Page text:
The Azure Portal duality has been a source of confusion for many almost since the original launch of Microsoft Azure. There’s been 2 separate portals for a really long time. Recently, they’ve been renamed the “Current Azure Portal” and the “Classic Azure Portal”. However, neither portal has the same Azure feature support. This makes for a bit of confusion until you learn what can be managed from which portal.
Thankfully to make things much easier than pure discovery, Microsoft has an Azure portal availability chart. Like much of the documentation on any product, things can get buried in the mass. So, I thought I’d bring this little nugget to light and draw some attention to it. Read More
Studying for the Azure certification exams can be a daunting task. One of the most difficult things is knowing whether you’re ready to sit the actual exam or not. Take the exam too early, you’ll fail. Not understand how the questions will be written, you could fail. Over prepare, and you’ll pass but possibly waste some time. To really hone in on a certification exam, the use of a practice test / exam can be extremely useful. In an effort to help others studying for these exams, I have started creating a couple Free, Open Source Azure certification practice exams. Read More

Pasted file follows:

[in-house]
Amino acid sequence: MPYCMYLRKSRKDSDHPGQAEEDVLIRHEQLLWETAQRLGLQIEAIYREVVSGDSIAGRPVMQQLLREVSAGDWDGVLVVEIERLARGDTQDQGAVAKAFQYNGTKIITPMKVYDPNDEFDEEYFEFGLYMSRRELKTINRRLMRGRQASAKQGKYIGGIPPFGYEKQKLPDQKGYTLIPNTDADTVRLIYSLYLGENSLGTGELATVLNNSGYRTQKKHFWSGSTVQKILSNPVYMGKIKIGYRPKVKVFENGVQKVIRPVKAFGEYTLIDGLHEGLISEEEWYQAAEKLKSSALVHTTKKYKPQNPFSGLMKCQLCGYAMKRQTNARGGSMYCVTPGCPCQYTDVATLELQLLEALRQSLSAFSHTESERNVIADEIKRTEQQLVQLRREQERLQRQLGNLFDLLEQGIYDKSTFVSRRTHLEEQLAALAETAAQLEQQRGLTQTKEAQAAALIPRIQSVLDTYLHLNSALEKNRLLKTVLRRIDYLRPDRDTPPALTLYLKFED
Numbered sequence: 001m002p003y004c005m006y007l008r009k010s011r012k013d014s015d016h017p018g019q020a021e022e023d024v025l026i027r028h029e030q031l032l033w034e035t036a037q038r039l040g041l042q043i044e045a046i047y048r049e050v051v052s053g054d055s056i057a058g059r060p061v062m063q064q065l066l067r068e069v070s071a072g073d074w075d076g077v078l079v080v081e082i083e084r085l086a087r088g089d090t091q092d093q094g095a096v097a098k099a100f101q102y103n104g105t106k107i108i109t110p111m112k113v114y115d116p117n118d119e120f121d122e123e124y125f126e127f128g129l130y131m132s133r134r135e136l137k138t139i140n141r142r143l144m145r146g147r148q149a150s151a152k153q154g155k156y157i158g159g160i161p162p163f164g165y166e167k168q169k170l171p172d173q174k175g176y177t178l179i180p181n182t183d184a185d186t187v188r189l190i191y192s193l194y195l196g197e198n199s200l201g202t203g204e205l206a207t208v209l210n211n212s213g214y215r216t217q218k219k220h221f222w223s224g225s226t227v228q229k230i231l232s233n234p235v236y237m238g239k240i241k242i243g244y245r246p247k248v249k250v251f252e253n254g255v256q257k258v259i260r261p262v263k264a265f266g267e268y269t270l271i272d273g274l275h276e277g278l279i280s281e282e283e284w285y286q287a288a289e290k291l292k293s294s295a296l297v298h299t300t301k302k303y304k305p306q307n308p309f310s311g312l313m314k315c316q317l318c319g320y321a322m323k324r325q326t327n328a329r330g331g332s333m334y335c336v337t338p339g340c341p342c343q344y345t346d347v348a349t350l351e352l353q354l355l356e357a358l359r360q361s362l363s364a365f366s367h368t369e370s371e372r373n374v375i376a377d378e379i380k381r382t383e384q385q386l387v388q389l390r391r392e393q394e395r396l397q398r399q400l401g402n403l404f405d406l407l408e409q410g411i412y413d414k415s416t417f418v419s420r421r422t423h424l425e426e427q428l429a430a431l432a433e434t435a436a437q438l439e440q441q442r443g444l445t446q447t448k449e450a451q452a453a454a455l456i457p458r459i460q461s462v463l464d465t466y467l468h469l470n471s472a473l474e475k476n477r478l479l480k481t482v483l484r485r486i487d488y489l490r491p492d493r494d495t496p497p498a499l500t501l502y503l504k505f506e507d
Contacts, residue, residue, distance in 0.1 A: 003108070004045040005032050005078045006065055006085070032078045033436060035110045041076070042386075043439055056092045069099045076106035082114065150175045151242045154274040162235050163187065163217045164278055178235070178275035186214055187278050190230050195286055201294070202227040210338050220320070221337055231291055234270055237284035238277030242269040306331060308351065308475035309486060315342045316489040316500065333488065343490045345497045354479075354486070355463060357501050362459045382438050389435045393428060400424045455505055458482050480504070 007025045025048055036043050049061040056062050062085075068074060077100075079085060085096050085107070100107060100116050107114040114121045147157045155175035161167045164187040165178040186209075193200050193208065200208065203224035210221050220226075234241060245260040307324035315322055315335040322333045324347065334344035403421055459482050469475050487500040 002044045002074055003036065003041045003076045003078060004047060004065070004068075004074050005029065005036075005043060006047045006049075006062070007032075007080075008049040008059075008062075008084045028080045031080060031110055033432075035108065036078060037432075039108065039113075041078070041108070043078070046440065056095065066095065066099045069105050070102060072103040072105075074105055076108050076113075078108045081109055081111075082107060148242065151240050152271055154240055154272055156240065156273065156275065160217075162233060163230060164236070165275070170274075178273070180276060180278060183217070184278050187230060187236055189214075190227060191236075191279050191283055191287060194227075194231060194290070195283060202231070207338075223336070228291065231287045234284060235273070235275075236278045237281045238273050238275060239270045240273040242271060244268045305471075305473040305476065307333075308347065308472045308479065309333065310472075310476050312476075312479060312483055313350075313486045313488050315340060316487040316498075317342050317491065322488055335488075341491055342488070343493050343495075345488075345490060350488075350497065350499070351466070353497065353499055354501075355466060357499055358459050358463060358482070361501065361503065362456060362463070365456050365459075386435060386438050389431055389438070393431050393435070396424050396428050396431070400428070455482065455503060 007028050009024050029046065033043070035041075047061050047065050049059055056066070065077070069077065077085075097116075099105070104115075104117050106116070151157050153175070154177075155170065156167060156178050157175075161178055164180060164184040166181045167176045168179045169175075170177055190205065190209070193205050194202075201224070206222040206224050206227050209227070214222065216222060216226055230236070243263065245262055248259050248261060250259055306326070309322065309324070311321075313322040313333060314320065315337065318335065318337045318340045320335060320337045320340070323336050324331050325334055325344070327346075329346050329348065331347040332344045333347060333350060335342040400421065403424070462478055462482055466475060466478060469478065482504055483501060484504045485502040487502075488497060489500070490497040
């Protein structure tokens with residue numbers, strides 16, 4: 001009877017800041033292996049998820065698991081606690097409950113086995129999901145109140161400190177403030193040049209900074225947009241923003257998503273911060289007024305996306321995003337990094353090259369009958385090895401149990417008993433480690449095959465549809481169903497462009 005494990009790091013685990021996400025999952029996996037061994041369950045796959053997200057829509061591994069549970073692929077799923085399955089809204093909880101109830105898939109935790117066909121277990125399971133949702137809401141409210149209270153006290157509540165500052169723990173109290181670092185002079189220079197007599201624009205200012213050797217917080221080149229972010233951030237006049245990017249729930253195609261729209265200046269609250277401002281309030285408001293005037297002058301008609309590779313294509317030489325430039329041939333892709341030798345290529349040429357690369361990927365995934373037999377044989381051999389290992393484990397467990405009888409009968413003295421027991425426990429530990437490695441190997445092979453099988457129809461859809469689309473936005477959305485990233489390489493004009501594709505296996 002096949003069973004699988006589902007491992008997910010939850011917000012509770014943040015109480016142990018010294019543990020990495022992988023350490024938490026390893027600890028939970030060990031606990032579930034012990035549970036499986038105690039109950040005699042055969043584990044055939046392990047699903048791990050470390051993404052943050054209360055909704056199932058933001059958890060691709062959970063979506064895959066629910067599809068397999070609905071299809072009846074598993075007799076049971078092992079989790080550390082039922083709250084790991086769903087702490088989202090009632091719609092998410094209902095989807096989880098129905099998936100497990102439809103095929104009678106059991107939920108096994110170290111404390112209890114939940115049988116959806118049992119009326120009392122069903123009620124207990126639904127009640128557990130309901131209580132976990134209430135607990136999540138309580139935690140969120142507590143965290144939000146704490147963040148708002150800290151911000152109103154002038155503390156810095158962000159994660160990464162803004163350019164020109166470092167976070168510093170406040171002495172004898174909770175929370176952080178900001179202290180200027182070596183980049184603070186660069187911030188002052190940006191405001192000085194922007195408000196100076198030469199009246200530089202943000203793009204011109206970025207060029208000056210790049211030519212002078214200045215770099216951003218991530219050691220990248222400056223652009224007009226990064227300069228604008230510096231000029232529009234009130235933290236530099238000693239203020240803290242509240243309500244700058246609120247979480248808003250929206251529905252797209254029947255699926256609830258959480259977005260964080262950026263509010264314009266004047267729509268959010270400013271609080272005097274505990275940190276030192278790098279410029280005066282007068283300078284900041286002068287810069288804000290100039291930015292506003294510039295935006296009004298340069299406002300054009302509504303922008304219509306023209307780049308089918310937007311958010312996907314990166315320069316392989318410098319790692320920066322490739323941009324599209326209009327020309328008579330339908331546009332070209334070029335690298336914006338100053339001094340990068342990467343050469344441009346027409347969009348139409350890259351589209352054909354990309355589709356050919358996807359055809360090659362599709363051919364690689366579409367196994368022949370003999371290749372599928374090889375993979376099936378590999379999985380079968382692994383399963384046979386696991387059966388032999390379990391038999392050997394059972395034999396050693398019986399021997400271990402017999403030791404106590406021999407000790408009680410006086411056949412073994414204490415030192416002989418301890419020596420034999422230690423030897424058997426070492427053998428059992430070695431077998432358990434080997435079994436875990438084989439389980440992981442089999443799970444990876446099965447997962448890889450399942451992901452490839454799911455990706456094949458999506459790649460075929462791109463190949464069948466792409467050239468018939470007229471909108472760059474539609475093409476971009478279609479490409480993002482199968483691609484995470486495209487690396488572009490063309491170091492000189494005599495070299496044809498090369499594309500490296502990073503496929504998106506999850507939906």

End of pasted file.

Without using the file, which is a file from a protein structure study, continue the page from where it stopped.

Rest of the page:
The trilogy of Microsoft Azure Certification exams first debuted more than one year ago. In that time there have been some tremendous changes and additions to the entire Microsoft Azure Platform. As a result, coming March 10, 2016, Microsoft is updating the exam objectives to reflect some of these changes. But, what are the changes? Read More
While many of Microsoft product and tools cost money, they do have the Visual Studio Dev Essentials available for Free. Visual Studio Dev Essentials provides a lot of Free tools, training and cloud services offering everything needed to build and deploy apps to any platform. The things offered include Visual Studio and Azure service usage! Read More
The “Building Cloud Apps with Microsoft Azure” book written by Scott Guthrie, Mark Simms, Tom Dykstra, Rick Anderson and Mike Wasson has been made a free eBook by Microsoft Press. This books goes through a pattern-based approach to building real-world solutions with Microsoft Azure. Among these practices covered include topics coving both Architecture and coding practices. The content of this book is based off the presentation Scott Guthrie gave at the Norwegian Developers Conference (NDC) in June, 2013, as well as Microsoft Tech Ed Australia in September, 2013. Read More
When Microsoft announced the initial Technical Preview release of Azure Stack it was also announced there would be additional services released in the coming weeks. This week, Microsoft announced the addition of Web Apps, SQL database, and MySQL database Platform as a Service (PaaS) services to the Microsoft Azure Stack platform, and some additional new tools too!
The recently released tools and services for Azure Stack can be downloaded and installed on top of any installation of the Azure Stack Technical Preview. This is really the first installment of many more Azure Stack services to come, beyond what comes with the Technical Preview itself. Read More